Cebu linked to ivory trade; Priest’s role cited in Nat’l Geographic

Posted on September 25, 2012


Park rangers in Kenya remove tusks of an elephant killed by a poacher in this National Goegraphic photo appearing in its October issue that investigates a thriving illegal market for ivory as Catholic icons as revealed by a Cebu diocesan priest, as amulets of Buddhists in Thailand and other items in huge demand in China. (

A decades-long struggle in faraway Africa to stop the killing of elephants  for their ivory tusks can be partly traced to Cebu as a source of demand and blackmarket trading.

The role of Cebu and one of its promi- nent priests is highlighted in the October issue of National Geographic Magazine in its cover story “Ivory Worship”.

The  investigative article  reports that  while the rise in killings is linked to China’s demand for ivory,  religion is a driver of the illegal ivory trade in key countries, including the Philippines, where ivory is carved and made into faces, bodies and limbs of Catholic icons like the Sto. Niño.

The article opens with and devotes lengthy paragraphs to an interview with Msgr. Cristobal Garcia, who is described as “one of the best known ivory collectors in the Philippines.”

The writer Bryan Christy states that Msgr. Garcia, whom he visited in his church in Talisay, gave him the names of his “favorite ivory carvers, all  in Manila”  and advice on how to smuggle an ivory icon to the United States by declaring them as antiques or wrapping them in soiled underwear to fool Customs checkers since a global ivory trade ban was adopted in 1989.

The magazine writer said he visited  each of the shops recommended by the priest.

Sought for comment, Cebu Archbishop Jose Palma last night said he would answer the allegations in a press conference today or tomorrow.

“I know the issue. I will address it,” he told Cebu Daily News who showed him a printout of the online article. The magazine is not yet on sale in newsstands but early copies are already in the hands of subscribers and posted on the Internet.

Msgr. Garcia, chairman of the Commission on Worship of the Cebu Archdiocese, was not available for comment.   For the past few weeks, he’s been in Manila for medical attention. Calls by CDN to his mobile phone  since last week were not  answered.

“He’s been advised by the doctor to rest because of his hypertension,” said Margie Matheu, secretariat of the Cebu Archbidocese.

Garcia is well respected in Cebu as spritual adviser of covenant communities like the Bukas Loob sa Dios, as well as founder of the Society of Angels of Peace based in Talisay.

His church of the Nazarene is visited by many, especially during the Hubo, a  ritual bathing and changing of clothes of the Sto. Niño at the end of the annual Feast of the Holy Child in January.

Garcia is also well known as a devotee of the Sto. Niño with an extensive personal collection of Sto. Niño icons, started since he was a boy, and which he shares with the public in displays at the Talisay church and in exhibits at Ayala Center every January.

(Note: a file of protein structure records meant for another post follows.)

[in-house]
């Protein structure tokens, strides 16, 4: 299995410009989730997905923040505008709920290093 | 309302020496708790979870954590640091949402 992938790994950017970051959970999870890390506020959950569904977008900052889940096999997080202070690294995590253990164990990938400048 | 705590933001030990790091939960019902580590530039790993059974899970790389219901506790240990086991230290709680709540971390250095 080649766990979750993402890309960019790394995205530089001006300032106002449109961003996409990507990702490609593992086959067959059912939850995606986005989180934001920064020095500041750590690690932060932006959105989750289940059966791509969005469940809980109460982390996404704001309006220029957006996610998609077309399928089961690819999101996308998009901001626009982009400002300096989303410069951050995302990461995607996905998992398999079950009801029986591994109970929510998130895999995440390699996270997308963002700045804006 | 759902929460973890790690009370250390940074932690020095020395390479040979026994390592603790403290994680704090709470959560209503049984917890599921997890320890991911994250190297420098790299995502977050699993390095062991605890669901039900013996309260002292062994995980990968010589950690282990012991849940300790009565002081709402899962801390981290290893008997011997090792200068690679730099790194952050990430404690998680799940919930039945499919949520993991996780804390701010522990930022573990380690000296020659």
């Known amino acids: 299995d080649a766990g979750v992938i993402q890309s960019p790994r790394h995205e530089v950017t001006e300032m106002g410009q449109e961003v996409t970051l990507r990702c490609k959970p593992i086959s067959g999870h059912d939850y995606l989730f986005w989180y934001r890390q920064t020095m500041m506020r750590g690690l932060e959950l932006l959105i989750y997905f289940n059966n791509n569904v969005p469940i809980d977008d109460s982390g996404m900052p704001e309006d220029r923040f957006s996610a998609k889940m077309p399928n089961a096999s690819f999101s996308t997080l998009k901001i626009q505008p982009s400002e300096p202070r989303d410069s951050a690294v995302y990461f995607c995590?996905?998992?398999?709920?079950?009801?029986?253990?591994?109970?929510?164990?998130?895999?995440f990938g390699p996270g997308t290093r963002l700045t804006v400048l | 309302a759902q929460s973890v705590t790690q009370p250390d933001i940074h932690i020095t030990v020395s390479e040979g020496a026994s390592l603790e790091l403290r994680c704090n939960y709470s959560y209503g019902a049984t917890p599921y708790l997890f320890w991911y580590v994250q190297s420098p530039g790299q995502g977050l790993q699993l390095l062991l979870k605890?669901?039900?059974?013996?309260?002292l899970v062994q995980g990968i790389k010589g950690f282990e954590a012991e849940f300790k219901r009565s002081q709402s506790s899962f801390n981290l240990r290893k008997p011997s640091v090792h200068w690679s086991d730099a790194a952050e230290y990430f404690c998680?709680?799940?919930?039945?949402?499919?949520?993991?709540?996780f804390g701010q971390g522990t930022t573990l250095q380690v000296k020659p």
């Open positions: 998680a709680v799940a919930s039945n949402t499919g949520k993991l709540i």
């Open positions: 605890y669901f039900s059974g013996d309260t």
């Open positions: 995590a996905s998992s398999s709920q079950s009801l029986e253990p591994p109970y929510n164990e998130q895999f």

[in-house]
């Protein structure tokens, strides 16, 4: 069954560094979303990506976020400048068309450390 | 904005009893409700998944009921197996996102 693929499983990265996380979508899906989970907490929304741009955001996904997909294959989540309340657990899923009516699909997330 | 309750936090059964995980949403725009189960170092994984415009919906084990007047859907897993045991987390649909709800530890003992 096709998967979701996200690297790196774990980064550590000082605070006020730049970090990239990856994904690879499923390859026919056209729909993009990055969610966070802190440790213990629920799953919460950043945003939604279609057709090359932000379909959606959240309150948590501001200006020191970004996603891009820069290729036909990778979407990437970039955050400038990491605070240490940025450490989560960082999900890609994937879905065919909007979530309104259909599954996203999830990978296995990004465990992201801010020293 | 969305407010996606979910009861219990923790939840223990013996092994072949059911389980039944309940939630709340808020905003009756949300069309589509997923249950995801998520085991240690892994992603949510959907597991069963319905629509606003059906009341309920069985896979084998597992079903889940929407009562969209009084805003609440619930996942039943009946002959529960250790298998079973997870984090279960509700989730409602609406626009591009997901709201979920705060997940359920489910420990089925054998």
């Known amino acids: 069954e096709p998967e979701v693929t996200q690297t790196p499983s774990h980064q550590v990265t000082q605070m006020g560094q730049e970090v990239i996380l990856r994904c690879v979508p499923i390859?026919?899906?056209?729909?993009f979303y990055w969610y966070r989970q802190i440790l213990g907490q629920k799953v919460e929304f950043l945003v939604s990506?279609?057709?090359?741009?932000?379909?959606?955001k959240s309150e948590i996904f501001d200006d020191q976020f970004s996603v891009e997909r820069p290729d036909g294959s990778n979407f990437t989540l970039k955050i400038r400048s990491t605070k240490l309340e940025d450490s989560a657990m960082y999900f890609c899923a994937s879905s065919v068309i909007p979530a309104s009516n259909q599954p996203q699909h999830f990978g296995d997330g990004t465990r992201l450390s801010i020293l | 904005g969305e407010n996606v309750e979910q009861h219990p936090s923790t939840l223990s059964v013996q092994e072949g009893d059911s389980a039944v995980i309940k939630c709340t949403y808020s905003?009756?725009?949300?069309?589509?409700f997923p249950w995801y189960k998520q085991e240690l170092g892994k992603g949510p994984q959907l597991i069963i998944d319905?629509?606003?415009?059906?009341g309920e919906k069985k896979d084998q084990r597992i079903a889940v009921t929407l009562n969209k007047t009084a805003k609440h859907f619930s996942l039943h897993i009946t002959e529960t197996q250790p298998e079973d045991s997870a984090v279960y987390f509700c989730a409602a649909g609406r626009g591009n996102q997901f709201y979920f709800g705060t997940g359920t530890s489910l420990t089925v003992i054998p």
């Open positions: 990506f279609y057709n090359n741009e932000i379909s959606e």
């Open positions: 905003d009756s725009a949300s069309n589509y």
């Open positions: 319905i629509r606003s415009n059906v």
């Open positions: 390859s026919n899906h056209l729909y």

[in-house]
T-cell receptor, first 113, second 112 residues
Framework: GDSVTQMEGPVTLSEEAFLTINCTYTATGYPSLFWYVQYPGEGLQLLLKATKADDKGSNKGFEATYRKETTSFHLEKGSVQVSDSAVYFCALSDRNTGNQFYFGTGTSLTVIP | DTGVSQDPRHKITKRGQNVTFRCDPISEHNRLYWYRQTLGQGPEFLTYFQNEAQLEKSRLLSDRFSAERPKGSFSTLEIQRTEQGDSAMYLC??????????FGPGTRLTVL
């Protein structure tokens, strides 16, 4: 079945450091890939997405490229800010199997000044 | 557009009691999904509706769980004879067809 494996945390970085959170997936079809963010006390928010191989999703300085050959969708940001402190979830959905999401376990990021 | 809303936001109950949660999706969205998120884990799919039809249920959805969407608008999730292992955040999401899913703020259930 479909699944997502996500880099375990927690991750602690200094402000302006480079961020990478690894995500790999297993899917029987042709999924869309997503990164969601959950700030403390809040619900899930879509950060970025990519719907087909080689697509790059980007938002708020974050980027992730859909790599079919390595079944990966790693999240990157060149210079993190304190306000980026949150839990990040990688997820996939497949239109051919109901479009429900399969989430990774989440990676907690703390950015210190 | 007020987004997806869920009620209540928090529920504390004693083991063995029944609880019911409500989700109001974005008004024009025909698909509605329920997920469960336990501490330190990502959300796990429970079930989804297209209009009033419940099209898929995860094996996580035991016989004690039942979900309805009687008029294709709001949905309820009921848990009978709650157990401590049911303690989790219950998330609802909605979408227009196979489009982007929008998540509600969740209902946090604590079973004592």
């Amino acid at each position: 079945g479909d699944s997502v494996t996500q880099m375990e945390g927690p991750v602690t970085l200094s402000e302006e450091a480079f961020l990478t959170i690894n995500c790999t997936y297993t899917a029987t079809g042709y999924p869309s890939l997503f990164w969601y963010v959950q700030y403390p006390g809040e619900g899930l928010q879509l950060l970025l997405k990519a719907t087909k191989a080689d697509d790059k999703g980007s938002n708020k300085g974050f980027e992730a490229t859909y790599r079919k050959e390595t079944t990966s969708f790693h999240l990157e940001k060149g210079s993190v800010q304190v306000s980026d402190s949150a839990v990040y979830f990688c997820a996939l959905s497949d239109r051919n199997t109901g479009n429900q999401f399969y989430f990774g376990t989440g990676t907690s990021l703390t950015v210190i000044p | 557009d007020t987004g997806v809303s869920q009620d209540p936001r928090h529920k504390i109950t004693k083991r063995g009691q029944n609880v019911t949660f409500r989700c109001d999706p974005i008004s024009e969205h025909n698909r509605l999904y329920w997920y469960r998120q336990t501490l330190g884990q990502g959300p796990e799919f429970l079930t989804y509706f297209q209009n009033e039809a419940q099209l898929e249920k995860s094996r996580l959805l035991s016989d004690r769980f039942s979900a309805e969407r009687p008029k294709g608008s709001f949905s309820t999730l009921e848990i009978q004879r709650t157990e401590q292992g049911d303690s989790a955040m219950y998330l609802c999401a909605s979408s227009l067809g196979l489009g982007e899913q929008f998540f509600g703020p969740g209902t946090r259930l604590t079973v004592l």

The home of a Filipino collector is lavish with ivory religious icons. “I don’t see the elephant,” says another Filipino collector. “I see the Lord.” (

National Geographic, a monthly magazine known for  its in-depth scientific research work and nature photography, is  printed in 34 language editions and has a global circulation of 8.2 million according to a press release of the magazine in 2011.

It is the official journal of the National Geographic Society and runs articles on geography, popular science, history, culture, current events, and photography.


Environment lawyer Antonio Oposa Jr. expressed outrage upon reading his October subscription copy.  He called for an investigation.

“I want to see lawsuits,” he told CDN in a long-distance call from Manila.

“We are asking the Archidocese, the National Bureau of Investigation, Department of Justice, Depatment of Envrionment and Natural Resources, and the  Interpol to investigate and prosecute all persons responsible,” he said.

“This illegal wildlife trade has long been going on with the Philippines as a source, as buyer and as a conduit of wildlife contraband.

This investigation must include the international syndicate behind this operation that exposes all Filipinos (and Catholics) to global embarrassment.  It is quite ironic that the religion whose God designates us humans as caretakers or guardians of life and life forms is the same religion whose priests are now accused of killing iconic life-forms (elephants) to satisfy the “capricho” for religious symbols. “

Oposa, a Ramon Magsaysay awardee in 2009 for his work in environmental law, has filed groundbreaking lawsuits against illegal loggers in Mindanao and government agencies for the pollution of Manila Bay, and has written books for the legal arsenal for ecology activists. /Eileen G Mangubat

Some of the last big tuskers gather in Tsavo, Kenya. A single large tusk sold on the local black market can bring $6,000, enough to support an unskilled Kenyan worker for ten years. (

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